The Dutch Warned Before about Illegal Immigration

Albania is country with the highest amount of asylum requests in the Netherlands. Albanians also use the Netherlands increasingly as a transit country to illegally enter the United Kingdom.

Until May this year, around 440 Albanians have requested asylum in the Netherlands. This remains a high number even though it may end up being lower than in 2016. According to data from the Dutch government, in 2016 there were 1,700 Albanian asylum applications, whereas in 2015 there were 1,000.

Early August, several Dutch media reported that the Dutch harbors have seen an increase in the number of Albanians who try to cross the border and enter the UK. About 90% of the illegal immigrants found in Dutch ports are Albanian.

Faced with this situation, the Dutch government has undertaken several initiatives to stop the illegal immigration of Albanian citizens.

In April 2017, Foreign Affairs Minister Bert Koenders visited Tirana to discuss about immigration and the repatriation of Albanian citizens with his Albanian colleague Ditmir Bushati. According to a statement published by the Dutch Ministry of Foreign Affairs:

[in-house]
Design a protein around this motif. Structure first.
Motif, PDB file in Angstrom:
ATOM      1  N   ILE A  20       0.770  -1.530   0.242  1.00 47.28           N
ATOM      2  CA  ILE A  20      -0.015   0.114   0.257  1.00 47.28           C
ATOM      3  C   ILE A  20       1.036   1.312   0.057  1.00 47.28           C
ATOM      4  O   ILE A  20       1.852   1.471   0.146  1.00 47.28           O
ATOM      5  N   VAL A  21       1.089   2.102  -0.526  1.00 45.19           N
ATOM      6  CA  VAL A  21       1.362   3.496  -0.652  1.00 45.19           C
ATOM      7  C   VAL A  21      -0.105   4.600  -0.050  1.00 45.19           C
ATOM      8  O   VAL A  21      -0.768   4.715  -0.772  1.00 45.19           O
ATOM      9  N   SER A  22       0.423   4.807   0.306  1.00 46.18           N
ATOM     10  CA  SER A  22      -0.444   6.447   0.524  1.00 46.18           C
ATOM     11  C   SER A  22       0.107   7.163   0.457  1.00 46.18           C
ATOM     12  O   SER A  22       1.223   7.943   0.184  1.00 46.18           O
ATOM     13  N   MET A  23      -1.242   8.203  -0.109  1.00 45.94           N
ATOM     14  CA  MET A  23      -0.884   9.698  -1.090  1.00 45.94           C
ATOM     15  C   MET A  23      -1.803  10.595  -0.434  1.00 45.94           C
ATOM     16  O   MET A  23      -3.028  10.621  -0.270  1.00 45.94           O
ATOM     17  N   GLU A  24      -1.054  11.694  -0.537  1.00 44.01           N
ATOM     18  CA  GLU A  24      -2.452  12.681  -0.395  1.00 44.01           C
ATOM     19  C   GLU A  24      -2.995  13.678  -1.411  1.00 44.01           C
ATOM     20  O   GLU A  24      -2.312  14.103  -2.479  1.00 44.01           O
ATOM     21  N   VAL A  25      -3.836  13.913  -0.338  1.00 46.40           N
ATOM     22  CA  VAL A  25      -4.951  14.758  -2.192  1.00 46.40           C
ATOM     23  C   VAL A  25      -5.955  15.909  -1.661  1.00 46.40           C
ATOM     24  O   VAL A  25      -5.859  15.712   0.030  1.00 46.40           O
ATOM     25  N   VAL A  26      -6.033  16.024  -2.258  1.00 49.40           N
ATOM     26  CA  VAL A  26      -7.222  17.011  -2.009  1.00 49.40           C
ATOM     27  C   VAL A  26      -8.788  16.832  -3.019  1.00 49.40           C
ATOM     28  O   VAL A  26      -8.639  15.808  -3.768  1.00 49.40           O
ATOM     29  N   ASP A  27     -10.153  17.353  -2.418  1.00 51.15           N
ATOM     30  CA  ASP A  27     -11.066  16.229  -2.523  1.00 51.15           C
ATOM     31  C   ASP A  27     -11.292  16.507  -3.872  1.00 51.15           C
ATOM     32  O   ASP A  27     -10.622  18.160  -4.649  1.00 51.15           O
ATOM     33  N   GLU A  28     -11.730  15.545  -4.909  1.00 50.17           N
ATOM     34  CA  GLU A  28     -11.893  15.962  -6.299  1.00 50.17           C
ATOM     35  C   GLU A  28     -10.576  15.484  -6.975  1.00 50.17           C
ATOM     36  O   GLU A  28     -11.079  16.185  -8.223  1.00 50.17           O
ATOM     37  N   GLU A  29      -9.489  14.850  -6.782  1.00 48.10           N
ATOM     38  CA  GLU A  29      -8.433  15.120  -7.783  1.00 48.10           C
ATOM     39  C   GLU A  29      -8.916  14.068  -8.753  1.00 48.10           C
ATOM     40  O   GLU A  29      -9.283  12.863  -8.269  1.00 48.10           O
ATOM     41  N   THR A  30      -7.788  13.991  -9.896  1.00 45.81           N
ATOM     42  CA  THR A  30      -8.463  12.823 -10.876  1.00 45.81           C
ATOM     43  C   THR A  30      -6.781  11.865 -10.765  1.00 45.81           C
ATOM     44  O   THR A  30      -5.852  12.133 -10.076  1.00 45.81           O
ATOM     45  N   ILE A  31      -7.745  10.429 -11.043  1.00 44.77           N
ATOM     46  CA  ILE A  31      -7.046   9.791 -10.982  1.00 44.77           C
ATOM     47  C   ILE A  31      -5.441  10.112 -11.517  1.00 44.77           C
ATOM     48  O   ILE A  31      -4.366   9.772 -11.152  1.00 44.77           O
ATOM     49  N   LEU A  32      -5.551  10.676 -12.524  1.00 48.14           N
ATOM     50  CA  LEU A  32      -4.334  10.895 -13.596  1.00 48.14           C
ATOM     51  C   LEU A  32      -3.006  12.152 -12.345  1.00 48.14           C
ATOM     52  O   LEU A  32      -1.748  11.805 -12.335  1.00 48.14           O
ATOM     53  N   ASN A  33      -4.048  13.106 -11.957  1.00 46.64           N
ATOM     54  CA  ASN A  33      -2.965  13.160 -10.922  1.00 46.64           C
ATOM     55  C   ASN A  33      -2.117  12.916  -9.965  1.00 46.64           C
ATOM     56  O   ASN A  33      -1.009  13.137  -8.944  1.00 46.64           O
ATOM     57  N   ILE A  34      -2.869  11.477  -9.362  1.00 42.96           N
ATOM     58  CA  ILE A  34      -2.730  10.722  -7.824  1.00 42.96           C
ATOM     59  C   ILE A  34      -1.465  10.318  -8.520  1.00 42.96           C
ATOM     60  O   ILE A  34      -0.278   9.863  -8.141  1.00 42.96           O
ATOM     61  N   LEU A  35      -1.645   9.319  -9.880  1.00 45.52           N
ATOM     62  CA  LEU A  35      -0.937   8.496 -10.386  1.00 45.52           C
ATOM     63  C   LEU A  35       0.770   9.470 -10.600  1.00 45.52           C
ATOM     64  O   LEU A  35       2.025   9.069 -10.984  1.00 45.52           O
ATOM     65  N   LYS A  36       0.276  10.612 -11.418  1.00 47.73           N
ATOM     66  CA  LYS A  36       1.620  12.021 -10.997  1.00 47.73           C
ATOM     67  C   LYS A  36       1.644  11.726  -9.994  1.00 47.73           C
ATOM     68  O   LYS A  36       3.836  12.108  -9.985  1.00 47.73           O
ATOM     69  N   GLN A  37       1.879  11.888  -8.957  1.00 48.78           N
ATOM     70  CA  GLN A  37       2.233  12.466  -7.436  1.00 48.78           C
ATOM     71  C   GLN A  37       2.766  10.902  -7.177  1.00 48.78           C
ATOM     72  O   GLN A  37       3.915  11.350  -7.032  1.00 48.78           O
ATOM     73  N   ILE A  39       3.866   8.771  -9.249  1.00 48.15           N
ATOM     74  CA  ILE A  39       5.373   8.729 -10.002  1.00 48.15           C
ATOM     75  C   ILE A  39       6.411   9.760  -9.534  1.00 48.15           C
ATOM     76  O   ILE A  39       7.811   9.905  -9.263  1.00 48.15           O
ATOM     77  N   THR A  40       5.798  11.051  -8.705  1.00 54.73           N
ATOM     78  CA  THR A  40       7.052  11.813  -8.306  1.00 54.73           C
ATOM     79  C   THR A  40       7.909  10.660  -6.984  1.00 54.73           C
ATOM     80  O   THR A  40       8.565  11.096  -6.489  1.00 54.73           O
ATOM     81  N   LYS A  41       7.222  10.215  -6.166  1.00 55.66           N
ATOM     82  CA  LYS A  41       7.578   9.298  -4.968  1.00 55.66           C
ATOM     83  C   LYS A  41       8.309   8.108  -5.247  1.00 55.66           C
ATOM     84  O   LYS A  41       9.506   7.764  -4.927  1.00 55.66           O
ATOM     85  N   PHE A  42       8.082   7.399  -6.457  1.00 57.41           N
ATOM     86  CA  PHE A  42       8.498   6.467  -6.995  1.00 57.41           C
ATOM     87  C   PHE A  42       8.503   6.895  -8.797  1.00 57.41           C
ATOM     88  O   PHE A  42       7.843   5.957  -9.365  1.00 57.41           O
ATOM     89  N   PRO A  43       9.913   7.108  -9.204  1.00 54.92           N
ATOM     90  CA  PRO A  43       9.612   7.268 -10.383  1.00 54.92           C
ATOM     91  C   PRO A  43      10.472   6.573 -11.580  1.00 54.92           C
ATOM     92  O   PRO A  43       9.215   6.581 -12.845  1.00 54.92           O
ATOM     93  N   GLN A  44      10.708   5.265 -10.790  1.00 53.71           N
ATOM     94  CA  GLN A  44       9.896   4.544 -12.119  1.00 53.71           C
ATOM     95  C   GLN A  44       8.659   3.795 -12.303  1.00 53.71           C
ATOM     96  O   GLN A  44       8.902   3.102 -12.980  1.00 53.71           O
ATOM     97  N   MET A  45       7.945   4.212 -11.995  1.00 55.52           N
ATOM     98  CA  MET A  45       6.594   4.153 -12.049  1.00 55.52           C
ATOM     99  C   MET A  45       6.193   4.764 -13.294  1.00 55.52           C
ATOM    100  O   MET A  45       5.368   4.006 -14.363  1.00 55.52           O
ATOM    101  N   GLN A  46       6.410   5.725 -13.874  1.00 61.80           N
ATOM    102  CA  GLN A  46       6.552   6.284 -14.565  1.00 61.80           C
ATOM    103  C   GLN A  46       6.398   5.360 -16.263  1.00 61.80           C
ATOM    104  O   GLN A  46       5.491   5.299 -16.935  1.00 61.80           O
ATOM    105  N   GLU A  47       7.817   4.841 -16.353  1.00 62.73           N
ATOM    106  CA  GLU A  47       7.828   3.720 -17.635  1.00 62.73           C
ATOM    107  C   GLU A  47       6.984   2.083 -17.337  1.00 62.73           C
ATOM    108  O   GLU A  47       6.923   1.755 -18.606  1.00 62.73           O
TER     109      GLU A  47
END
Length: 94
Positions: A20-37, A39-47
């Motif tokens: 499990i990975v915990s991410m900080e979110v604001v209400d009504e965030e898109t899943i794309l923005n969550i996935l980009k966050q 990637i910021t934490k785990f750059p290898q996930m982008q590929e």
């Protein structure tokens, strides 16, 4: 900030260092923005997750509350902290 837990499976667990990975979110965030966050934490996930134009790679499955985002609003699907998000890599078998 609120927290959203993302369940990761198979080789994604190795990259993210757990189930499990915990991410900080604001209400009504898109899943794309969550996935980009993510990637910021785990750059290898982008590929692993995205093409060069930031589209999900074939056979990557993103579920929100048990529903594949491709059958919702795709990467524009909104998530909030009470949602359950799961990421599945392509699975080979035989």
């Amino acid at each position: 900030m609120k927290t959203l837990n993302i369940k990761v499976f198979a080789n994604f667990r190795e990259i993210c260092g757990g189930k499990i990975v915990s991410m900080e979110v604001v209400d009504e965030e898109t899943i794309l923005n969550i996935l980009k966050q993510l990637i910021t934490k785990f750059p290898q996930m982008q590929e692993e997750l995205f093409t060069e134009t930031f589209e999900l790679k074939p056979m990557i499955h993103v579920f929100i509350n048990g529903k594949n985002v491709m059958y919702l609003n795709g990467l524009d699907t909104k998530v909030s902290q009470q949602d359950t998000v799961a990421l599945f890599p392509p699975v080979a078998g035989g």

Koenders announced that the Netherlands will shortly start an information campaign to convince Albanians that applying for asylum in the Netherlands and Europe is useless. “The purpose is to make them realize that there is no future for Albanian asylum seekers in Europe”. The Netherlands organizes, jointly with Belgium, charter flights from Europe to bring back Albanian asylum seekers.

Minister Koenders also stated that

Albania really has to step up its efforts in the reform of justice and governance, the fight against corruption and organized crime and the protection of human rights. If these issues are not properly addressed, the Netherlands will not agree to the formal opening of the accession talks.

Just like the other Western Balkan countries, Albania is considered a safe country of origin, which means that its citizens are in general not eligible for asylum, and will repatriated if found out to overstay their visa. Repatriated Albanians are not allowed to enter any EU country for two years.

So it appears that Albanian illegal immigration has been on the Dutch agenda for a while, in spite of the recent denials of several government officials, including Minister Bushati and Director-General of the Border and Migration Aida Hajnaj. Both denied the seriousness of a memo drafted by the Dutch police and public prosecution advising a suspension of the visa liberalization program.